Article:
A few weeks ago, Ranveer wrote a post about the different ways you can surf the net anonymously. In it he mentioned that you could surf using a VPN client. In this article I am going to explain what a VPN is.
A VPN (or virtual private network) is a secure network connection, which can be used to send files, browse the net and download material securely. As the transfer is protected by encryption, the data sent can’t be read if intercepted.
There are three key parts of a VPN: a host computer which can send and receive data; the internet, which is used as a medium to transport/transmit the data; and a device which can connect to the network, in order to receive the data. The last part of the network (the receiver) isn’t essential, but without anything to view the data, what’s the point in sending it?
Put simply, a VPN allows two computers to talk, as though they were connected on a private network, when in fact they are connected via a public network – the internet.
The way VPNs work is by establishing virtual point-to-point connections, using encryption or dedicated connections. Unless you are an IT engineer, you probably don’t need to worry about how it works though, just know that it does!
VPNs are very useful for businesses, as it enables employees to access secure internal files, remotely, without a security risk, as the network connection is private.
There are many reasons why an organisation may choose to have a VPN. VNPs can reduce firms need to hire dedicated secure long-distance lines to transmit data, as they use the existing infrastructure in place which the internet uses.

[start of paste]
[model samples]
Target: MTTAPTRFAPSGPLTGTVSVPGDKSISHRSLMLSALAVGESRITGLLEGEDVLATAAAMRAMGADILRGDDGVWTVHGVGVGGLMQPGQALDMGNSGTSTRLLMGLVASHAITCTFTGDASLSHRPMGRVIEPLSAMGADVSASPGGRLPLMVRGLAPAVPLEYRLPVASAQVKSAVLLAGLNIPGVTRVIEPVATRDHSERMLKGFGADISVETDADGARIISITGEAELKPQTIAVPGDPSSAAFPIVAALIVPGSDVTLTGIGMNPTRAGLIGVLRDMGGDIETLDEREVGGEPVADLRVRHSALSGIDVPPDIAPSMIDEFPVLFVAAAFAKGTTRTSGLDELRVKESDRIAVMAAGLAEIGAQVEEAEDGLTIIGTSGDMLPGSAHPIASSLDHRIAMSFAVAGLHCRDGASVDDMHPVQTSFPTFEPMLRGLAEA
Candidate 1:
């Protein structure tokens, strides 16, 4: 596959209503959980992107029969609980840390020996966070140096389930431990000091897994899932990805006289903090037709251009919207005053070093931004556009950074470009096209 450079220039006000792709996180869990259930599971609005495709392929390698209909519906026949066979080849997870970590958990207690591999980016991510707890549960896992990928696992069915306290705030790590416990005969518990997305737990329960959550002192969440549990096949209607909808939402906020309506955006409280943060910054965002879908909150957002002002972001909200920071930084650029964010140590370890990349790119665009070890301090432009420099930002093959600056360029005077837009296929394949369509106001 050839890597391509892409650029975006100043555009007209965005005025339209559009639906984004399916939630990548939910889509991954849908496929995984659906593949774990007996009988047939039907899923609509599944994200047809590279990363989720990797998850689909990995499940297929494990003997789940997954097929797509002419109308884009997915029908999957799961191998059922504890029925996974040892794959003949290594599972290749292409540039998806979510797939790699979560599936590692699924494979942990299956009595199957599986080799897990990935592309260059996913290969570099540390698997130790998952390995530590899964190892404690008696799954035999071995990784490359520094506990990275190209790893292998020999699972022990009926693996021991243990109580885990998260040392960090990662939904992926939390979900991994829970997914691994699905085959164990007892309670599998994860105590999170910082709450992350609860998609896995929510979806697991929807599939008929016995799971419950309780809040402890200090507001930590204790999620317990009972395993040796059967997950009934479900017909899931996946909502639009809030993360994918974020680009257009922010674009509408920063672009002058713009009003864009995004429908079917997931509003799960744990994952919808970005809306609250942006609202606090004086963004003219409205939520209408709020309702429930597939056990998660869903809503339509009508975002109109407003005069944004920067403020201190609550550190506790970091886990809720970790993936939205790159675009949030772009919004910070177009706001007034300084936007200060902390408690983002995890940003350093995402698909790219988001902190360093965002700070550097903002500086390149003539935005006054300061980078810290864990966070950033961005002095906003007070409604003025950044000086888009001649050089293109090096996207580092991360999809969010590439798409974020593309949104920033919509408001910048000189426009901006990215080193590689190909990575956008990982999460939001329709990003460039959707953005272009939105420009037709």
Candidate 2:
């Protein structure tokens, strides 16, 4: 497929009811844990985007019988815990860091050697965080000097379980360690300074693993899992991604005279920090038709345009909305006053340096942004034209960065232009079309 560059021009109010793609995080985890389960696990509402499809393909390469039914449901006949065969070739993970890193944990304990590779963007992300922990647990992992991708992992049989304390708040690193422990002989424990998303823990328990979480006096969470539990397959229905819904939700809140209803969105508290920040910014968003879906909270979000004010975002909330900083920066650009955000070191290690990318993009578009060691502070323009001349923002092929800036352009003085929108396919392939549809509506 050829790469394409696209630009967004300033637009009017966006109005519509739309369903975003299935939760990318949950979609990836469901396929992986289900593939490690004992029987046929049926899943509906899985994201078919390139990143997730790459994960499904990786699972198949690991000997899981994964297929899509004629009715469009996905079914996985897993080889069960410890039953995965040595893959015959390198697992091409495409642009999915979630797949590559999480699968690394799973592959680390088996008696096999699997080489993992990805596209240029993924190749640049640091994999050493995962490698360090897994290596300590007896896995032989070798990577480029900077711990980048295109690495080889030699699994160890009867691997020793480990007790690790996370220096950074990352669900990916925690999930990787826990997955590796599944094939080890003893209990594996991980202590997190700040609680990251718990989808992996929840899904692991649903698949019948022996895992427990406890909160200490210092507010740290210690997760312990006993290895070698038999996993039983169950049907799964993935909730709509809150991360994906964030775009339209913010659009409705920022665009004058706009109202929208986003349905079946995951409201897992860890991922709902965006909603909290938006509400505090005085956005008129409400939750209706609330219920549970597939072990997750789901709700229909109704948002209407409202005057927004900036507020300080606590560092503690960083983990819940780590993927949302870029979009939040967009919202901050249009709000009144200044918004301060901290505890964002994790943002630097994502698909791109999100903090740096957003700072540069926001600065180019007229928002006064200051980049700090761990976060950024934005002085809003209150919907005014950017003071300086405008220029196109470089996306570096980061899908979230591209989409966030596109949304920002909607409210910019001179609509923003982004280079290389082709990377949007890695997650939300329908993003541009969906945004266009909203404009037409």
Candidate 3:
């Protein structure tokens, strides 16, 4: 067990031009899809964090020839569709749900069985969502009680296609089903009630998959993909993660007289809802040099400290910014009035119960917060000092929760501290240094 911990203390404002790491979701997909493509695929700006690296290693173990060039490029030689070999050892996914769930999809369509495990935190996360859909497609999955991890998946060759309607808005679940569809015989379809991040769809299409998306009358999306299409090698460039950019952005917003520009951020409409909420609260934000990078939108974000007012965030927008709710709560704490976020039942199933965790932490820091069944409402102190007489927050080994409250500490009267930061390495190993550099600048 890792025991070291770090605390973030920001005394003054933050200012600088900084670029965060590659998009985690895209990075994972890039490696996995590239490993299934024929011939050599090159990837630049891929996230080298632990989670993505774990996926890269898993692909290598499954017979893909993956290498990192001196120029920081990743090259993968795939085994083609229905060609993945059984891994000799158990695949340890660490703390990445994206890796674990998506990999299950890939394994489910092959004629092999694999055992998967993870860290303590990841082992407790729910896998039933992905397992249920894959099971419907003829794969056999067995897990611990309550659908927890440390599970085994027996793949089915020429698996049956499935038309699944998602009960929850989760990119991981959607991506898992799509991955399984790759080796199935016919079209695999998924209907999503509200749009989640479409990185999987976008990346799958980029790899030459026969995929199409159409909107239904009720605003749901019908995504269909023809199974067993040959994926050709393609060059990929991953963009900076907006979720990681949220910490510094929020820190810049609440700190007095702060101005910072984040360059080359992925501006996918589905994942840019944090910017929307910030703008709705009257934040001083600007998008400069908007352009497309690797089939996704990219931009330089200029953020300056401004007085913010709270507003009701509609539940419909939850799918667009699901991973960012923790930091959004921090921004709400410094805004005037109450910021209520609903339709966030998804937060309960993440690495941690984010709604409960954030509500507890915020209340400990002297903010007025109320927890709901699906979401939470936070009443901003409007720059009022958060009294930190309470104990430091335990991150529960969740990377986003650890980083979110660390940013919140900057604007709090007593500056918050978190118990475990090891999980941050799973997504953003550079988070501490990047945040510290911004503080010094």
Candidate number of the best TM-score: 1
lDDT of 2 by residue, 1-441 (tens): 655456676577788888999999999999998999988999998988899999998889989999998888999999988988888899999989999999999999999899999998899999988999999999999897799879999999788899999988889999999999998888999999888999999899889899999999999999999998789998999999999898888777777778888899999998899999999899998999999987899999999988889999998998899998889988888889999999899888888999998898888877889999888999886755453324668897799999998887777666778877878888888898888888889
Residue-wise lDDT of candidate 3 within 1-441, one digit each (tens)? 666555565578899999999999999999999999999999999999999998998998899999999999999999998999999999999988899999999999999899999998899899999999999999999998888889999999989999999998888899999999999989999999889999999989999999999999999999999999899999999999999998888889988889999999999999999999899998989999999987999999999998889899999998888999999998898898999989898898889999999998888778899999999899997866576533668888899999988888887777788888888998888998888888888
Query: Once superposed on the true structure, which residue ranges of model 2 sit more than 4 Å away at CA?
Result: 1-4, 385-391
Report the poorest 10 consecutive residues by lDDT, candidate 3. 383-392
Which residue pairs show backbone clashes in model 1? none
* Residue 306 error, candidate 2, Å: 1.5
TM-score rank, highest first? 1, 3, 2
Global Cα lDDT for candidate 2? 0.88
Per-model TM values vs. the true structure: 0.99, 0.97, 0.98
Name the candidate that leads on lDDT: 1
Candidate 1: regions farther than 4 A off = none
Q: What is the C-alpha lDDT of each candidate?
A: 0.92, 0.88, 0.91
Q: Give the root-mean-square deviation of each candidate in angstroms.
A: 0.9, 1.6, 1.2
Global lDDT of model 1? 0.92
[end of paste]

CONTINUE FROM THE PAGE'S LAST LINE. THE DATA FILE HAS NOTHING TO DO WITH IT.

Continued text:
VNPs also reduce the need for long-distance telephone calls, which can often be very costly, therefore reducing them could save a business a lot of money!
As a VPN is a way of privately and securely connecting, it therefore be used to access the internet anonymously. That links back to what Ranveer discussed in terms of browsing the net anonymously. The way a VPN works, the data you request from a website when browsing, would go through the VPN first, before it gets to you, therefore if you are in the UK and the VPN is in the US, the site would think you were in the US due to it being the VPN requesting the data. Make sense?
There are definitely benefits of having a VPN for businesses, and if secure data needs to be shared to remote locations, it is one of the safest. That said, if the host has an unreliable IP, then the entire network is affected. Furthermore, they can also be costly to set up, as you need expert knowledge to establish them, which is why many organisations choose to outsource them, offloading the costs onto a third party who’s core business is VPN, and can therefore offer the service cheaper.
Do you have access to a VPN as part of your work? I would be interested to know, so if you do feel free to share your experiences in the comments.